Focus and context are the new art and copy

Our Next Big Thing issue points the way to the future of advertising and marketing.
STCoverSept11

Relaxing on a deck recently, supposedly taking a mental vacation from adland, I saw an ad that took complete advantage of its environment.
After finishing the puzzles in the New York Times, my eye was caught by an image of nutmeg, in a wee box just above the crossword. The pic was captioned with “Yesterday’s A Google a Day” challenge, and “How to find the answer” to the-spice-that-motivated-an-exchange-of-islands query. Intrigued, I looked above the fold to find a two-column half page ad with a new question (“Is there moss on all sides of the rocks where Aurelius Ambrosius is said to be buried?”) as well as an empty Google search box and a throw to Agoogleaday.com.
Brilliant. Someone realized that when stumped crossword fanatics resort to search, so why not make a game of it (and make it feel less like cheating)? This invites participation that’s entirely within the pre-existing routine of the reader. When it comes to all the new techie options out there (which often require elaborate participation) coming up with ad ideas that don’t fight for attention – but rather riff off interests and routines in entertaining or useful ways – will be key.
Our Next Big Things report  looks at several trends that have that requisite focus and context potential. Of course, every time something new unspools, there is the big adoption reckoning factor: will consumers embrace it in large enough droves to warrant adding it to the list of campaign elements? And until the truly novel becomes the norm, it’s deemed not ready for advertising. But a big factor is just human nature – how easy is it and what’s the reward? This is where focus and context can tip the scale.
It’s also why things like NUads from Microsoft, interactive ads that use Kinect gestural and voice activation building off existing Xbox gameplay, have a better chance of breaking through than “interactive” schemes of the past. The audience is already trained to respond appropriately (and it’s a significant demo). That’s likely why it gleaned attention at Cannes, and why those who see the demo immediately start plotting uses for it.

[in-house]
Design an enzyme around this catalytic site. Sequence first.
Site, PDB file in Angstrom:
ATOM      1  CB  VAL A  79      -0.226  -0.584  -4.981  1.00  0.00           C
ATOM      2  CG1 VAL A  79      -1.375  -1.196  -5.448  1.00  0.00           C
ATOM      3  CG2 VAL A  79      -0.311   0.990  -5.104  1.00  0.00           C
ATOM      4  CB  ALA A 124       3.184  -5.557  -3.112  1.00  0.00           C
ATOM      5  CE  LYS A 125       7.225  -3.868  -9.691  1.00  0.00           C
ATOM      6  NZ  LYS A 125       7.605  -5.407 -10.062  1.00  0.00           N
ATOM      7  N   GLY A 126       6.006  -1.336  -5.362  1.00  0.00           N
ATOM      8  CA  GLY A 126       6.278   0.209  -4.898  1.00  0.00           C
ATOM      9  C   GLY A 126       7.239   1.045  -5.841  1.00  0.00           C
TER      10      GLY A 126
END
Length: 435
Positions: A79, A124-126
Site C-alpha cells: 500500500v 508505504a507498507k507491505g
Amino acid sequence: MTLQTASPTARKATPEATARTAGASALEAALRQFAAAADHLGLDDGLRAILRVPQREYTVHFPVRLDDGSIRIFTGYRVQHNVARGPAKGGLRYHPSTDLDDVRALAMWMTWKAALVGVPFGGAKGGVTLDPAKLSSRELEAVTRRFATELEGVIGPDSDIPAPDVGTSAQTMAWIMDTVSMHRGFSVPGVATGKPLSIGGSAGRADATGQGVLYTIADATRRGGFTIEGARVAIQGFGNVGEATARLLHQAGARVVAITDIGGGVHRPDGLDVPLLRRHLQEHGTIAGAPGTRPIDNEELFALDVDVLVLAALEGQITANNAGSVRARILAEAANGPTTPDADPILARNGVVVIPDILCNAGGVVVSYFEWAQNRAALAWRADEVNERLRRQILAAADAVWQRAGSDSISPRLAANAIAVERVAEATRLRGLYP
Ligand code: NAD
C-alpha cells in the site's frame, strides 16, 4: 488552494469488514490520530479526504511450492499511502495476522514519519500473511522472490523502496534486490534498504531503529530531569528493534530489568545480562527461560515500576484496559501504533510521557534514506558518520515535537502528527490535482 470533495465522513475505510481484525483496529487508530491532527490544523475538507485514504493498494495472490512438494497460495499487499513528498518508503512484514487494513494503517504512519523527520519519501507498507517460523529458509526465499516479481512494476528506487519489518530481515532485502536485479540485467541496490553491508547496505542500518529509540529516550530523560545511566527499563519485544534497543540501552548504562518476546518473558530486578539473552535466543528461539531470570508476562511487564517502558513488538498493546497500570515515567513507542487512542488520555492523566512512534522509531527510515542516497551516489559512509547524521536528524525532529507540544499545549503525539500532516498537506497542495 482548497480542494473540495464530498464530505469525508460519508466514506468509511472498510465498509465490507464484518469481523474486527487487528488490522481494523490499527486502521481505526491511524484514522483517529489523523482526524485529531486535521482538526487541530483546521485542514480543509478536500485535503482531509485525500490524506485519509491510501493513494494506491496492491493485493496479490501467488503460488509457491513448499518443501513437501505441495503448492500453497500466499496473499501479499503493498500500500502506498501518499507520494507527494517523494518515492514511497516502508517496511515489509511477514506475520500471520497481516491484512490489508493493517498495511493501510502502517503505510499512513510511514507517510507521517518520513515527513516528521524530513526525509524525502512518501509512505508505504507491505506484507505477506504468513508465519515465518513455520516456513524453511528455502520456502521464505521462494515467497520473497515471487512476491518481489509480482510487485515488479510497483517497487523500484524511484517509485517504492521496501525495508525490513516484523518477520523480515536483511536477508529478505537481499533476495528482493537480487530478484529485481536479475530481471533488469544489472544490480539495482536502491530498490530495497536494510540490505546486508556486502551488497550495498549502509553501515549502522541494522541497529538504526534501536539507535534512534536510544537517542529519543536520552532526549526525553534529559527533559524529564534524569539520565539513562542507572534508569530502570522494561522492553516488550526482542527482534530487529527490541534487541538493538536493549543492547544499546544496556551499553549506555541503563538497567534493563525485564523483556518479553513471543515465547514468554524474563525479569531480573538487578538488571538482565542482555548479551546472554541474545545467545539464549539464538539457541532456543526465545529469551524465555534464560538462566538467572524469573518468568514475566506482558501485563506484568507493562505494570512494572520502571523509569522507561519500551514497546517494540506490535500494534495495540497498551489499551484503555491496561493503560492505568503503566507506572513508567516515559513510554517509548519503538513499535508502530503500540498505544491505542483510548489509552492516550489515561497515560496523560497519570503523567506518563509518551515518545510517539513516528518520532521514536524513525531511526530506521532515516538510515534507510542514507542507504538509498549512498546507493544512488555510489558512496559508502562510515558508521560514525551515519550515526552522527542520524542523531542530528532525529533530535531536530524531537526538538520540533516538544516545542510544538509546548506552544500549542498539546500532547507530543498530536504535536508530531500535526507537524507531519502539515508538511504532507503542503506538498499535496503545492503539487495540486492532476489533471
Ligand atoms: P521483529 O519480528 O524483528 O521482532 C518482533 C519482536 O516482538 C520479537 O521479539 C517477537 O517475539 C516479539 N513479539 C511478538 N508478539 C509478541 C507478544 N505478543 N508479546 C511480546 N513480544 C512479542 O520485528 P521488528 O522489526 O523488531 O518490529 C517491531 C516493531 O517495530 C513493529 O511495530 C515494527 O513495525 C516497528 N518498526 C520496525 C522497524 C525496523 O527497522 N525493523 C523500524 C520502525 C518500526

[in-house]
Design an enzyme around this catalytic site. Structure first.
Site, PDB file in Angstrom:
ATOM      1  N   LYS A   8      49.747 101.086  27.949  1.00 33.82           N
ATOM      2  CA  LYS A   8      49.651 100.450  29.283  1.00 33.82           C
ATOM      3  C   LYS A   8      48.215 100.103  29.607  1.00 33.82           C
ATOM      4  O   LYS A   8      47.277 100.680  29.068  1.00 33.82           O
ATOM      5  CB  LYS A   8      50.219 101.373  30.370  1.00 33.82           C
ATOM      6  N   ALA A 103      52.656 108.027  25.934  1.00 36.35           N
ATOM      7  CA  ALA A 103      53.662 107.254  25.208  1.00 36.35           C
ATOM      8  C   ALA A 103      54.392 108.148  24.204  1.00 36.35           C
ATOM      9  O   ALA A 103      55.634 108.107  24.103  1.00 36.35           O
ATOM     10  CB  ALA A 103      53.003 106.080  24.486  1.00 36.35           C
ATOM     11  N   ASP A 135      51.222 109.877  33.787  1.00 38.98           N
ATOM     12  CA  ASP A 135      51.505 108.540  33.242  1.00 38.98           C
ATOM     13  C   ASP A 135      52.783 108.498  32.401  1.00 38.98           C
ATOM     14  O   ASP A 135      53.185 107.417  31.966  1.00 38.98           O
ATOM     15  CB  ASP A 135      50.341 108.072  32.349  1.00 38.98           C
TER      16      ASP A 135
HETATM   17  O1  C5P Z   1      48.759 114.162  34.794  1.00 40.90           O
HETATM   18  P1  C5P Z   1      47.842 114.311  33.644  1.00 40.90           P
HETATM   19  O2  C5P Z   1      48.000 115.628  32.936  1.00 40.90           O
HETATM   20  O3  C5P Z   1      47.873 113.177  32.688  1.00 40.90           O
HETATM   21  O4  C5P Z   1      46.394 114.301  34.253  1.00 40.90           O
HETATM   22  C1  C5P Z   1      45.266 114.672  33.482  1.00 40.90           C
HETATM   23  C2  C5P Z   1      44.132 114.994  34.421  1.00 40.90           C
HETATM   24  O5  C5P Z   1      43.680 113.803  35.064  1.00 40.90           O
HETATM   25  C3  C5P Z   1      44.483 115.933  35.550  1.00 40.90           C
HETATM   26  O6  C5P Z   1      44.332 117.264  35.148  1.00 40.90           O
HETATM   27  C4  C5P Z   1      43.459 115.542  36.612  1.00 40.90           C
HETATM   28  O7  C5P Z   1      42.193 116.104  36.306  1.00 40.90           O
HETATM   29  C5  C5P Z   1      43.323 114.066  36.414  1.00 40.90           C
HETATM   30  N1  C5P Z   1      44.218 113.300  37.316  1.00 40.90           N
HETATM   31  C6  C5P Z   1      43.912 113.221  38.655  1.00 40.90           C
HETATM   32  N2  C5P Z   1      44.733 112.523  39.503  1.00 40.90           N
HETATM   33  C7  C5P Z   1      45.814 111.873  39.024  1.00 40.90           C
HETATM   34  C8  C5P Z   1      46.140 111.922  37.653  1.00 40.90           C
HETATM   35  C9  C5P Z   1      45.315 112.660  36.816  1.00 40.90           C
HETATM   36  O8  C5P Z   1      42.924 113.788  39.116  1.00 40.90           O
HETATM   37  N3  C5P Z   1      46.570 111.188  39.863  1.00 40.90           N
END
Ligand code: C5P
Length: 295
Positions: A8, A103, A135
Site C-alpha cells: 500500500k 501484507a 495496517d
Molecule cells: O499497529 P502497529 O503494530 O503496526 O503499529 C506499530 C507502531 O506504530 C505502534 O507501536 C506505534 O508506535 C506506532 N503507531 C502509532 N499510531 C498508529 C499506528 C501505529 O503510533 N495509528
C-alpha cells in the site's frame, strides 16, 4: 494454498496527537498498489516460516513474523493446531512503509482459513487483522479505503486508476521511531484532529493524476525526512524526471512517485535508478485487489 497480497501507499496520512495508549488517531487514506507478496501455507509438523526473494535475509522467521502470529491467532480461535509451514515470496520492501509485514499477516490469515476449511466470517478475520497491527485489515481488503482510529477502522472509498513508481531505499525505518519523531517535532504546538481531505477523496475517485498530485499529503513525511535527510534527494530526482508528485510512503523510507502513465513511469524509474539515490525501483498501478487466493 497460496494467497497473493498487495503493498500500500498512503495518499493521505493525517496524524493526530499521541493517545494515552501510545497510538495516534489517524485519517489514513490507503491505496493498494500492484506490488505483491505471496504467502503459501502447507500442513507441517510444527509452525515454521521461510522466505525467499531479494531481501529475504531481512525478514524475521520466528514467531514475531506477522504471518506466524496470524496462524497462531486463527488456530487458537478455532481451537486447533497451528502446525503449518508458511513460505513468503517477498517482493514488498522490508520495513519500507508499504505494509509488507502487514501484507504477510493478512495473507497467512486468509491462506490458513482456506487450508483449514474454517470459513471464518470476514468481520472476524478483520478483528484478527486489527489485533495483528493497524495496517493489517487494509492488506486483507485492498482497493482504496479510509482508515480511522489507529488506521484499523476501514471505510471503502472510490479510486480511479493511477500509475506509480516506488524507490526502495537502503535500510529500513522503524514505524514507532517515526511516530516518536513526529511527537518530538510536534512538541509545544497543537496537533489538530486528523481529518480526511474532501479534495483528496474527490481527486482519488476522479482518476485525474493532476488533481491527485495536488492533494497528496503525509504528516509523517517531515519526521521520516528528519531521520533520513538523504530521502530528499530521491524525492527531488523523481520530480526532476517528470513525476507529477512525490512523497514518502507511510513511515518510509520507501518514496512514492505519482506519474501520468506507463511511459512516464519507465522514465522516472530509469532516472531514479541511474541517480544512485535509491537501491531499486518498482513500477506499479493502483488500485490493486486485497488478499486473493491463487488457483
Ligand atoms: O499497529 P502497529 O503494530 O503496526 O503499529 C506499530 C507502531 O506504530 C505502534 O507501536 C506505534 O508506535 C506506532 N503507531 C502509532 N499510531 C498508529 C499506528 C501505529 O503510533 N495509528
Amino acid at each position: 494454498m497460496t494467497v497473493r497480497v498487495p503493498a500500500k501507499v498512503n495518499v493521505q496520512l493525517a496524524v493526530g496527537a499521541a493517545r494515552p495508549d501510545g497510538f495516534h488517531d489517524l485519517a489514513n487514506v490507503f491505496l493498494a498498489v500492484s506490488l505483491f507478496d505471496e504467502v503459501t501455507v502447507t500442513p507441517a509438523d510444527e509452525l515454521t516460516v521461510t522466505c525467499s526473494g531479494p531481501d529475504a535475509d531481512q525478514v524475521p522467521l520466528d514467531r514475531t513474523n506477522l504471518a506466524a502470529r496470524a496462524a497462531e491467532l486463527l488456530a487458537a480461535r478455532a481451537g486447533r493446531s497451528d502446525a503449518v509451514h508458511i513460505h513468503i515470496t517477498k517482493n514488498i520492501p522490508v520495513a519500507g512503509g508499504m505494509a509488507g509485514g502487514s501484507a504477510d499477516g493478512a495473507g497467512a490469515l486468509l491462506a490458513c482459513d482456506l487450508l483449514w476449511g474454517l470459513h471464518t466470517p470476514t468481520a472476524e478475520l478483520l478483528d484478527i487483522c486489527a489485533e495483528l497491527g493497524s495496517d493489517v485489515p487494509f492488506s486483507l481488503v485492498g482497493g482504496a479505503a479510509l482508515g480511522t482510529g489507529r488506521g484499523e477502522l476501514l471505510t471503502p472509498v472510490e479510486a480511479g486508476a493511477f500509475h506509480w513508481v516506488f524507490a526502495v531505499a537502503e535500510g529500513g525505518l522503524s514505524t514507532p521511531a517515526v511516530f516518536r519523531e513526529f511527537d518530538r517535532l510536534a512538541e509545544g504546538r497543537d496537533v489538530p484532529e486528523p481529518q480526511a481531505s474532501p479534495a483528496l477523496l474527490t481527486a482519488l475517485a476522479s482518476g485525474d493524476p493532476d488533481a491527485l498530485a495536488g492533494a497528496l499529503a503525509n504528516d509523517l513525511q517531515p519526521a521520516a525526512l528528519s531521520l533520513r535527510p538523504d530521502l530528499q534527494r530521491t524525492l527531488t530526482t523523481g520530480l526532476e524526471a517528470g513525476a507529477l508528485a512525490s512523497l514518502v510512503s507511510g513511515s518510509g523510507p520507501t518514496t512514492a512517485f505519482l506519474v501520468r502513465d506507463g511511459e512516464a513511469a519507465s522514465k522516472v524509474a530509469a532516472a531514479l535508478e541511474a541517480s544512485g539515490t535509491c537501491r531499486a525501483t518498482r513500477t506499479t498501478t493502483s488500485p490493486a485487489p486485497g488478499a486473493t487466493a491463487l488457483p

The mobile commerce and adaptable digital design trends covered also open the door to exciting possibilities – the latter enabling a much closer relationship with culture than just interrupting it, while the former engages the consumer as a shopper creating retail options everywhere. They’re more direct than OOH advertising of yore, so less invasive of public space and have the potential to eliminate some of the clutter with more targetable use.
As to the bigger Next Big Things picture, “baking marketing into the product” is one of the trends columnist Will Novosedlik flags as the future. He describes a utopian marketplace where the quest for the cleverest tagline is replaced with a continuous consumer input loop that starts with the product, and if done well, replaces campaigns with “long term cultural narratives.” “Instead of a culture formed by business we could have a business formed by culture,” he writes.
He observes that the current agency model is not equipped for this approach, or even to deal with the collaboration convergence requires. On that front, Jonathan Paul’s media feature this issue looks at the change sweeping media agencies, as they evolve to meet the new advertiser needs. The shops who are closest to the consumer have been gaining importance to marketers, and now media agencies are challenging AOR’s lead role by playing up their content capabilities as well as their ROI-enhancing targeting and metric powers.
So like the rest of the planet, the status is definitely not quo, and the upheaval has economic, structural and fundamental impact. How it will shake out has spawned endless theories and some considerable reorganizational bets, but a few trends – like shopper marketing becoming  a core brand-building discipline, and digital, media and content expertise becoming more crucial – indicate that programs with focus and context, abetted by advances in cost-effective targeting and increased accountability, are shaping a new formula.

Cheers, mm
Mary Maddever, exec editor, strategy, Media in Canada and stimulant